An electromagnetic pulse (EMP), also sometimes called a transient electromagnetic disturbance, is a short burst of electromagnetic energy. Such a pulse’s origin may be a natural occurrence like a solar flare or man-made as in the pule derived from a nuclear explosion. The pulse can occur as a radiated, electric, or magnetic field or a conducted electric current, depending on the source.
EMP interference is generally disruptive or damaging to electronic equipment, and at higher energy levels a powerful EMP event such as a lightning strike can damage physical objects such as buildings and aircraft structures. Lightning is unusual in that it typically has a preliminary “leader” discharge of low energy building up to the main pulse, which in turn may be followed at intervals by several smaller bursts. This is the most common type of EMP and can cause significant damage to electrical services and products.
A solar flare is a sudden flash of increased brightness on the Sun, usually observed near its surface and in close proximity to a sunspot group. Powerful flares are often, but not always, accompanied by a coronal mass ejection (CME).
Flares are closely associated with the ejection of plasmas and particles through the Sun’s corona into outer space; flares also copiously emit radio waves. If the ejection is in the direction of the Earth, particles associated with this disturbance can penetrate into the upper atmosphere (the ionosphere) and cause bright auroras, and may even disrupt long range radio communication.
It usually takes days for the solar plasma ejecta to reach Earth. Flares also occur on other stars, where the term stellar flare applies. High-energy particles, which may be relativistic, can arrive almost simultaneously with the electromagnetic radiations.
Nuclear electromagnetic pulse
Weapons have been developed to deliver the damaging effects of high-energy EMP.
A nuclear electromagnetic pulse (commonly abbreviated as nuclear EMP, or NEMP) is a burst of electromagnetic radiation created by a nuclear explosion. The resulting rapidly varying electric and magnetic fields may couple with electrical and electronic systems to produce damaging current and voltage surges. The specific characteristics of a particular nuclear EMP event vary according to a number of factors, the most important of which is the altitude of the detonation.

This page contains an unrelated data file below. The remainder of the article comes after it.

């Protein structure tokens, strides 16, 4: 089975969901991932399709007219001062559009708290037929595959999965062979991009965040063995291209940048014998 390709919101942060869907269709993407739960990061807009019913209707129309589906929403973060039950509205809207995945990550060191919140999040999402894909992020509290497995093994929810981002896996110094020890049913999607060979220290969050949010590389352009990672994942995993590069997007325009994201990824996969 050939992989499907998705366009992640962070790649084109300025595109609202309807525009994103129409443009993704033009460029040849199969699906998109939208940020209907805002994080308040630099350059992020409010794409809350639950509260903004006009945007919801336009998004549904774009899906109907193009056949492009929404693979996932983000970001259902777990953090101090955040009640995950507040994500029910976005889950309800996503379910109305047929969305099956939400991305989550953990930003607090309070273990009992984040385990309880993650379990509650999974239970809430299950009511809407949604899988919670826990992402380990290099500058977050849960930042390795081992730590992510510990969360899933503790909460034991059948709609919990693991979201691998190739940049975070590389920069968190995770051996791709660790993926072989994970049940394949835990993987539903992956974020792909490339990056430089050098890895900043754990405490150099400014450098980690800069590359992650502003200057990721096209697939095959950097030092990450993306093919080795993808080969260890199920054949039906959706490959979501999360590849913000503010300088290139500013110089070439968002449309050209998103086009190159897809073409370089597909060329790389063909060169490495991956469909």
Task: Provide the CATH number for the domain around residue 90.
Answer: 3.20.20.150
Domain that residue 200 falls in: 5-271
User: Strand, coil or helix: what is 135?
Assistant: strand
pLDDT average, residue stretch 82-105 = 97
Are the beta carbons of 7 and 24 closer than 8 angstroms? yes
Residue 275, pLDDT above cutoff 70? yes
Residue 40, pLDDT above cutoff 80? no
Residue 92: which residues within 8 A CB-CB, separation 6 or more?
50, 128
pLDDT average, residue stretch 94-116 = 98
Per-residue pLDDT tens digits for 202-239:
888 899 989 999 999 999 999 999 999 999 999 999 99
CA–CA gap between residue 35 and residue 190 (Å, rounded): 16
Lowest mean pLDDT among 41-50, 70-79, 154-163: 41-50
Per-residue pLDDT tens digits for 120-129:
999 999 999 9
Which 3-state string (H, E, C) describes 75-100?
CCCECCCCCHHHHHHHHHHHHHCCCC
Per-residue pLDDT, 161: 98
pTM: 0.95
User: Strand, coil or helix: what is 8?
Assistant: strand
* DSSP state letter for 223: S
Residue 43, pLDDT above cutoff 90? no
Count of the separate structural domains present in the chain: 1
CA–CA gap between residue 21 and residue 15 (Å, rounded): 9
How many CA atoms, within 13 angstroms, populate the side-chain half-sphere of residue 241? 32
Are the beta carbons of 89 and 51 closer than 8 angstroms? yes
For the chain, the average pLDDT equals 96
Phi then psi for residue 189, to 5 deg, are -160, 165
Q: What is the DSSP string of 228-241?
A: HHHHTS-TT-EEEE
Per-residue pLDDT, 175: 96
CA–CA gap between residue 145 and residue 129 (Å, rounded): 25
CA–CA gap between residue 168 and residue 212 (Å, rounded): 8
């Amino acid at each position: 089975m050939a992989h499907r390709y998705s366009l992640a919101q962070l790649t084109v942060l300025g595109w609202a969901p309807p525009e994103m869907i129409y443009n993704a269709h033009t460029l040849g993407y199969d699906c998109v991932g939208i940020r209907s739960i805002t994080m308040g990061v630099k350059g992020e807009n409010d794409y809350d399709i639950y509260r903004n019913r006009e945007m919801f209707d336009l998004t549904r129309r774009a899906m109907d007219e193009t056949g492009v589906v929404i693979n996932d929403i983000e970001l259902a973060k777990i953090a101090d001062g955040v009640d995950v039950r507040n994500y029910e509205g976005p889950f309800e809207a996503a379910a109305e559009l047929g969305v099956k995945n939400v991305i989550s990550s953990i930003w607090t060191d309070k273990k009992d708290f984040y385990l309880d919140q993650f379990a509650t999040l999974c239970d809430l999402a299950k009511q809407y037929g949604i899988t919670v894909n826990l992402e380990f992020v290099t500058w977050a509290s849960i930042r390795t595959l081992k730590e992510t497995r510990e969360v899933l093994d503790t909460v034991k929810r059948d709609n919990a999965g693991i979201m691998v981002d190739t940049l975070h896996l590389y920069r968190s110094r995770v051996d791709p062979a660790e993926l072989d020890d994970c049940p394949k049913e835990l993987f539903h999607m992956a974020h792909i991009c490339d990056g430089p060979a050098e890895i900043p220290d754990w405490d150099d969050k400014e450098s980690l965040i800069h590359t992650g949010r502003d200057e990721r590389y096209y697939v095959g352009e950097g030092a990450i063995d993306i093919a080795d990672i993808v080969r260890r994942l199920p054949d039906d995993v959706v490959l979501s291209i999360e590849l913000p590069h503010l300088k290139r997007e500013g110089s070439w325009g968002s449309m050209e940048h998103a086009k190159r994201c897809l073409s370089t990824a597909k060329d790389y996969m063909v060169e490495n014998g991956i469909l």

The term “electromagnetic pulse” generally excludes optical (infrared, visible, ultraviolet) and ionizing (such as X-ray and gamma radiation) ranges. In military terminology, a nuclear warhead detonated tens to hundreds of kilometers above the Earth’s surface is known as a high-altitude electromagnetic pulse (HEMP) device.
Effects of a HEMP device depend on factors including the altitude of the detonation, energy yield, gamma ray output, interactions with the Earth’s magnetic field and electromagnetic shielding of targets.
Like any electromagnetic interference, the threat from EMP is subject to control measures. This is true whether the threat is natural or man-made.
Therefore, most control measures focus on the susceptibility of equipment to EMP effects, and hardening or protecting it from harm. Man-made sources, other than weapons, are also subject to control measures in order to limit the amount of pulse energy emitted.
The discipline of ensuring correct equipment operation in the presence of EMP and other RF threats is known as electromagnetic compatibility (EMC)